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Fraud case sparks mortgage debate

Fraud case sparks mortgage debate

A mainstream media figure has argued that banks and brokers must restore clarity on repayment responsibilities in light of a recent third-party scandal.

On Saturday, The Australian published a candid column by its Sydney-based senior business reporter, Andrew Main, who questioned the relationship between banks and brokers.

Mr Main asserts that the role of the mortgage broker “seems to have become blurred, in the minds of the banks at least” following the alleged $110 million mortgage fraud that has rocked the industry.


“The old saying that people who ignore the lessons of history are bound to repeat it is a fair reflection on the current mortgage broker scandal and its relationship to the subprime mortgage scandal of 2007 in the US,” writes Mr Main.

“Fortunately it’s not on the same scale — but that’s just good luck at the moment.”

Mr Main points out that both cases – the US subprime scandal and the alleged fraud – involve an intermediary in the “vital relationship between the borrower and the lender of money used to buy property”.

While he notes the direct channel is relatively straightforward in mortgage lending, Mr Main suggests that the role of mortgage brokers can confuse the transaction.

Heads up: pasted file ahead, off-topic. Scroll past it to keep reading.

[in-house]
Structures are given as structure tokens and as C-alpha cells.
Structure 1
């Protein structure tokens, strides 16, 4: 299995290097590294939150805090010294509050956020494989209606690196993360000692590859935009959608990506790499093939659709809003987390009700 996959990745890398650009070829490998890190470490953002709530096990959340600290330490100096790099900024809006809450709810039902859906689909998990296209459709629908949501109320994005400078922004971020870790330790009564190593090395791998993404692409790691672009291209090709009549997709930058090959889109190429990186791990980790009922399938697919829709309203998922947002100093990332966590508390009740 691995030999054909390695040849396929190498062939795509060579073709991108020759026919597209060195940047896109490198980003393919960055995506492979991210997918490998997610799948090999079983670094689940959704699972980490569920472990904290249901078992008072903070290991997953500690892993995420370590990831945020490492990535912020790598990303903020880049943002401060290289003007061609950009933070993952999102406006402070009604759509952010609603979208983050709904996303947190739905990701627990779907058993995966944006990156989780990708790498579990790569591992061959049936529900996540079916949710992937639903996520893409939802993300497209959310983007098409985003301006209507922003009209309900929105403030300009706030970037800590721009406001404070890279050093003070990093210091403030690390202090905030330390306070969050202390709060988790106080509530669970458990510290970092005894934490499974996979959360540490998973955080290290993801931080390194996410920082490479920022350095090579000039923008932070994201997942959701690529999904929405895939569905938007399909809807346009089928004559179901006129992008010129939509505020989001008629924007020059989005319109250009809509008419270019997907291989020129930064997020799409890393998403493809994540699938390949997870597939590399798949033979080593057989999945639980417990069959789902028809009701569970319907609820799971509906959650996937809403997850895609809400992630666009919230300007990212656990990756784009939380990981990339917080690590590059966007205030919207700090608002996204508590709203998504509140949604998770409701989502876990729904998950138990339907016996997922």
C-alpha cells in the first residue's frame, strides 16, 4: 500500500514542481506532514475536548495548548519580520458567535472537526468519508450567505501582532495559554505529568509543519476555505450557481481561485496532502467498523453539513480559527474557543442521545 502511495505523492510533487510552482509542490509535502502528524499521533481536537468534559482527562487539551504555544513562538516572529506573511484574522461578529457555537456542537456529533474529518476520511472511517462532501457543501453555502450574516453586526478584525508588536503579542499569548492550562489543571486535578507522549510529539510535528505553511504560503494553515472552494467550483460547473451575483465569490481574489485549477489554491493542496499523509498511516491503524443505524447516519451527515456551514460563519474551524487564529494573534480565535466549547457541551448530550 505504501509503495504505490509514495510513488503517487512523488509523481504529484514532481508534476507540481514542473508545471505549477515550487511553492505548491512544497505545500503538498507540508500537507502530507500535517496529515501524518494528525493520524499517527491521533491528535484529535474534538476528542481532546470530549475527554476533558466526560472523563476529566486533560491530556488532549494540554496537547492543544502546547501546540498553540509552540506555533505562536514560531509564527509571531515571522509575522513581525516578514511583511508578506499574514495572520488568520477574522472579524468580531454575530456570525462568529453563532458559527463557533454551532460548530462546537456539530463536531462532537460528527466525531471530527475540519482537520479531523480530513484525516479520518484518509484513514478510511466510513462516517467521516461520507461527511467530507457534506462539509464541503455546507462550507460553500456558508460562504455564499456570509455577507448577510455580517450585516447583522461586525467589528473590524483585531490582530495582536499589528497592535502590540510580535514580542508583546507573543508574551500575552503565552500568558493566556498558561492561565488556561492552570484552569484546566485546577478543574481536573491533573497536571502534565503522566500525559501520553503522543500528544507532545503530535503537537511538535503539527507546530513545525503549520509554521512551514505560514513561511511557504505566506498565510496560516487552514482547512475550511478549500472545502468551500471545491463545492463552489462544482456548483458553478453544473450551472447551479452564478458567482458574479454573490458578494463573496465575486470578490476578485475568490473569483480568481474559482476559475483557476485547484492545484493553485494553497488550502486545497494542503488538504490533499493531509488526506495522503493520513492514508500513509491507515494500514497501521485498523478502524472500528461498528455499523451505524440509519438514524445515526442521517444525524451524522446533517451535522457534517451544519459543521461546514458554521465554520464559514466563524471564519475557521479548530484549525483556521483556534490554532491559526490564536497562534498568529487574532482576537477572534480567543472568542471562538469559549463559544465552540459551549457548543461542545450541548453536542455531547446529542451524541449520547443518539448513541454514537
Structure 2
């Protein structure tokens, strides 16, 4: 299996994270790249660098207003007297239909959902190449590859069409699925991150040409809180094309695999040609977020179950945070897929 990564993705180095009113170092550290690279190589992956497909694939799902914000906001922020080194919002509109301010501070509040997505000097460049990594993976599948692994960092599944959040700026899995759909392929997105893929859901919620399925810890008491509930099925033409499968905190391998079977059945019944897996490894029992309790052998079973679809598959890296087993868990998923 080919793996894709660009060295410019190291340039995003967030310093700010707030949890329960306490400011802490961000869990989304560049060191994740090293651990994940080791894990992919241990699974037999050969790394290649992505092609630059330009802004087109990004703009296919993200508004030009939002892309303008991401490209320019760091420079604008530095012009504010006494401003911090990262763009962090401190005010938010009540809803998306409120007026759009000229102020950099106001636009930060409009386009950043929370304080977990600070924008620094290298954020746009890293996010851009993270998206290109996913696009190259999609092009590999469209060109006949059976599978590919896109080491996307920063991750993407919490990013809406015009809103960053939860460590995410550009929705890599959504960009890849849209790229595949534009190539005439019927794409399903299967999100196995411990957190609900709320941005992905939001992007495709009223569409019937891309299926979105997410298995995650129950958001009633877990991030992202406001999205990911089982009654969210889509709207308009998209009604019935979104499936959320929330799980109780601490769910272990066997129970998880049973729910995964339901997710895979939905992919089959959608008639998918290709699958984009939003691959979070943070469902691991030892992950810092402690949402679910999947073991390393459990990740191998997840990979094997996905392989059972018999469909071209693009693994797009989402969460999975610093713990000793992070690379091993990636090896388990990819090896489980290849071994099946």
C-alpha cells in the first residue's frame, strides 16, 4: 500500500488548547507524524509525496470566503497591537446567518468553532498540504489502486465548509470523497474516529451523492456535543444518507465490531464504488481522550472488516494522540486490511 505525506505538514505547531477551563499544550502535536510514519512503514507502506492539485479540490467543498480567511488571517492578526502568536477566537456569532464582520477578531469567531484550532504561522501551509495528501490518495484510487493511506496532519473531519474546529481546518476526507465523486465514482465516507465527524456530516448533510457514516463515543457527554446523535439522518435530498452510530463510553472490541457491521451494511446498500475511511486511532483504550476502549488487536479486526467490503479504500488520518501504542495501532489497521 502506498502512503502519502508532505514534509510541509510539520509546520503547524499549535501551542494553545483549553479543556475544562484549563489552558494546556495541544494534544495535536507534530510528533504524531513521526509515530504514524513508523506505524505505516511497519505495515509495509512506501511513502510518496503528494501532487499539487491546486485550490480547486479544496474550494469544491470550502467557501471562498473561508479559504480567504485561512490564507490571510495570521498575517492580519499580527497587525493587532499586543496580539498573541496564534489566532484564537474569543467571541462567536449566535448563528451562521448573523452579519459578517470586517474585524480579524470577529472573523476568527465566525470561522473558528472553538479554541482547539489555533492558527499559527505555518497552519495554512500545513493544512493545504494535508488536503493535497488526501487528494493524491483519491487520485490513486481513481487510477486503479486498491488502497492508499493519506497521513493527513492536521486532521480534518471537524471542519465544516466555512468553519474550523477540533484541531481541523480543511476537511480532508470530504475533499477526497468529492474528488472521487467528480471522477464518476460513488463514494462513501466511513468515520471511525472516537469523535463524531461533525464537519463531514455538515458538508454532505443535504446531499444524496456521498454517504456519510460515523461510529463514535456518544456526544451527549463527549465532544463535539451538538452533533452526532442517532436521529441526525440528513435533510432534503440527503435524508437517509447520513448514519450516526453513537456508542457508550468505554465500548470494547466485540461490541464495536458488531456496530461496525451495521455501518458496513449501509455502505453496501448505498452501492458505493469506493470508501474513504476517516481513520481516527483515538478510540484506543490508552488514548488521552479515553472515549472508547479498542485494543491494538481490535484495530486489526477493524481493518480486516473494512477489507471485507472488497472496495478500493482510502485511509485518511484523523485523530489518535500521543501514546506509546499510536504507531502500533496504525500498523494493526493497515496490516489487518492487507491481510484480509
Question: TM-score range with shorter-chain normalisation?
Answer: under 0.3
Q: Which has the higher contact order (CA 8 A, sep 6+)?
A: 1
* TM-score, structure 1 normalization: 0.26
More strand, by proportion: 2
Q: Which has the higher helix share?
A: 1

“If you as a retail borrower walk into your bank and negotiate a loan, the relationship is a clear one,” he said.

“There’s no intermediary, they advance the money, you buy the property, and you pay the mortgage until it is discharged.”

While Mr Main admits that many brokers are honest, he draws attention to the alleged actions by some of exaggerating or falsifying details of the borrower’s circumstances.

“That has helped them get a fee, not only upfront of 0.6 per cent or more but also trailing commissions still available of 15 basis points a year,” he said.

“On a $200,000 mortgage, that’s $12,000 upfront and some $3,000 a year.”

Through the broker process, the responsibility for repayment can often seem to have disappeared, writes Mr Main, arguing that the banks do not mind paying commission for business they have not had to chase.

“Home lending in a rising market is cherry pie for banks given they keep title to the house until the last cent is paid out, and Australians are very good mortgage payers by global standards.

“But what is clear is that some brokers appear to have taken advantage of careless bank credit processes, and there are borrowers out there who may well have exaggerated their earnings and assets.”

Mr Main urged the banks to review the files on suspect loans “very early on” and “in very short order”.

“There may never be a bust if property prices don’t drop and the borrowers who’ve allegedly had their finances exaggerated can keep paying their mortgages,” he writes.

Mr Main said that the sooner banks and mortgage brokers restore the "golden thread" of repayment responsibility in a way everyone understands, the less likely we are to see a bust.


Fraud case sparks mortgage debate


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